Can a Principal of an elementary school ban a teacher’s spouse from coming to the school after a discussion over a sick note policy?

UPDATED: Sep 30, 2022

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Can a Principal of an elementary school ban a teacher’s spouse from coming to the school after a discussion over a sick note policy?

Principal seems to be singling out a certain teacher for multiple things over the
last 12 years. Latest the need for a sick note and the spouse took the sick note
to school and questioned the policy and had a discussion regarding why none of
the other teachers have to follow this policy. No threats, cussing, yelling
involved. Spouse remained calm, but opinionated. Spouse received certified
letter 3 weeks later stating she is no longer allowed on school property which
she rarely is. This seems to be a power play and more harassment stating her
dislike. Seems over the top? Any thoughts or tips?

Asked on April 9, 2016 under Employment Labor Law, Pennsylvania


SJZ, Member, New York Bar / FreeAdvice Contributing Attorney

Answered 6 years ago | Contributor

It  may seem over the top, but it is legal: an employer--including a school--may exclude any non-employees, including spouses, from the employer's property, and can also refuse to talk to a non-employee spouse about issue involving the employee spouse. There is nothing legally improperty in what you describe. The spouse should stay out of things: it was unprofessional for a non-employee spouse to question an employment policy on behalf of an employee. If the employee spouse has a question about or issue with a policy, the employee should discuss it with management and not bring the spouse into it. For example, my wife is the HR director for a company and she would *never* discuss employee issues or employment policy with a non-employee, even a spouse.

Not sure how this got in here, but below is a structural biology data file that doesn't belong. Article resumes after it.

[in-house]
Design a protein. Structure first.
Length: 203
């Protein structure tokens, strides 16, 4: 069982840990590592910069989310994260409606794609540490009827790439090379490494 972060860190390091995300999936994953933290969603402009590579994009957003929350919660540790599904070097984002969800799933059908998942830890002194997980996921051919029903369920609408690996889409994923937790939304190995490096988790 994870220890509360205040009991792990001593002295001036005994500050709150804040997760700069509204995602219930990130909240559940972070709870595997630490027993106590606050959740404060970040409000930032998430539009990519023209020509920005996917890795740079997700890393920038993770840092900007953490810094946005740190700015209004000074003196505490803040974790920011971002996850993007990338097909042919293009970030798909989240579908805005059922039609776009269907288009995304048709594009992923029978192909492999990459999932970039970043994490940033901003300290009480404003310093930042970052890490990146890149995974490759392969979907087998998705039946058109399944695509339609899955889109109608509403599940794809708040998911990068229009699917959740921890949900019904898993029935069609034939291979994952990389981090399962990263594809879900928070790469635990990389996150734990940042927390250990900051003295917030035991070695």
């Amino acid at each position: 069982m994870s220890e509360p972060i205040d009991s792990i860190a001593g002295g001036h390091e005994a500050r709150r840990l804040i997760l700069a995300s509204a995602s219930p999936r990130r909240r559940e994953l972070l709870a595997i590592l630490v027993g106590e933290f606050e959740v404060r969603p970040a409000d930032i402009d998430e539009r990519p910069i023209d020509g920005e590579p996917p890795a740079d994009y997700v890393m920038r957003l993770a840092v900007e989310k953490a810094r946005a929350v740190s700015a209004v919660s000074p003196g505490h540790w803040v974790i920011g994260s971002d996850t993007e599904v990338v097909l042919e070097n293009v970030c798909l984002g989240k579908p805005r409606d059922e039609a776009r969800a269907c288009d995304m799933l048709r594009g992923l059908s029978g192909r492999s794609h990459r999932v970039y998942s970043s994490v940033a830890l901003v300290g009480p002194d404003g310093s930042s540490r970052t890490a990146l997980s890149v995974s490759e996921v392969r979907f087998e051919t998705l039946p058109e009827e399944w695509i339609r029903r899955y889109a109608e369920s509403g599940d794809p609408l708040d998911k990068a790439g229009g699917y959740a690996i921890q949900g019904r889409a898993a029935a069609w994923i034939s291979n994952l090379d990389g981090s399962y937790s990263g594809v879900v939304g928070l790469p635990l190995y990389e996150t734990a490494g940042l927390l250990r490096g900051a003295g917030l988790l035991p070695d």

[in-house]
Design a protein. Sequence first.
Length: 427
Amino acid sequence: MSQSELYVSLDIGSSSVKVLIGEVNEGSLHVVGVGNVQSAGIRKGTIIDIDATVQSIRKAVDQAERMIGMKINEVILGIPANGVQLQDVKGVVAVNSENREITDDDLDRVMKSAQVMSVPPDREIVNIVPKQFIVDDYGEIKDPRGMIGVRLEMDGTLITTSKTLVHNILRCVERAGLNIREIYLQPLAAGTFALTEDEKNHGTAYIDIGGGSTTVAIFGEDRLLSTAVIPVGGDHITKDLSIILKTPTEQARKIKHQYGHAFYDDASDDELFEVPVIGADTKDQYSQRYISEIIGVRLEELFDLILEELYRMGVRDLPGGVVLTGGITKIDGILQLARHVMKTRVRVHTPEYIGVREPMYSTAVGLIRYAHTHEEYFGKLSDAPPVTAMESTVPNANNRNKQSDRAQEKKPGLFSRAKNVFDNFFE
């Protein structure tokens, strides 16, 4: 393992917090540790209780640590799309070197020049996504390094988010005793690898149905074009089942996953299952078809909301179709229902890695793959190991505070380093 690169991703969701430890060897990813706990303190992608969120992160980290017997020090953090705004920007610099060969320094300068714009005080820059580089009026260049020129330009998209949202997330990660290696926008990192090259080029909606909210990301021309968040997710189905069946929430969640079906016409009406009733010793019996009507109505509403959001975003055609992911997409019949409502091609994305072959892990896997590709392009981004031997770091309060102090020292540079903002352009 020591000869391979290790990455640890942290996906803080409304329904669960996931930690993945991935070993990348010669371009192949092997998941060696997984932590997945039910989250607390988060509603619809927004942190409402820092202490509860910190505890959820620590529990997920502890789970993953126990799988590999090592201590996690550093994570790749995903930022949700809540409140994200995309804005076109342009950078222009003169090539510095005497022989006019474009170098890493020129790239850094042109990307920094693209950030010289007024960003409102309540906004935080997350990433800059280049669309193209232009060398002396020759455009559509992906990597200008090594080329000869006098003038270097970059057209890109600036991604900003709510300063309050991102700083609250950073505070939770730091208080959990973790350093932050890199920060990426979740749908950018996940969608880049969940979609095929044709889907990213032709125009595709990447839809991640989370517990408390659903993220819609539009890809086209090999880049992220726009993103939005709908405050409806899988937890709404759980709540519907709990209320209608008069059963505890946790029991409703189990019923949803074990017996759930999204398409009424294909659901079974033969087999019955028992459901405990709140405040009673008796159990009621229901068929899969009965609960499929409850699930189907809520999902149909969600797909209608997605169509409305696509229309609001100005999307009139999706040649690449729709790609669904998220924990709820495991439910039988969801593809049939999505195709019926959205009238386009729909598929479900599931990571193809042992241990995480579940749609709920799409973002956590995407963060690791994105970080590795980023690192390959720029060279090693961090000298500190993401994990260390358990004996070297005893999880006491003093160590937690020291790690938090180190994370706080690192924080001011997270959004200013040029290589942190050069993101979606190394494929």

IMPORTANT NOTICE: The Answer(s) provided above are for general information only. The attorney providing the answer was not serving as the attorney for the person submitting the question or in any attorney-client relationship with such person. Laws may vary from state to state, and sometimes change. Tiny variations in the facts, or a fact not set forth in a question, often can change a legal outcome or an attorney's conclusion. Although has verified the attorney was admitted to practice law in at least one jurisdiction, he or she may not be authorized to practice law in the jurisdiction referred to in the question, nor is he or she necessarily experienced in the area of the law involved. Unlike the information in the Answer(s) above, upon which you should NOT rely, for personal advice you can rely upon we suggest you retain an attorney to represent you.

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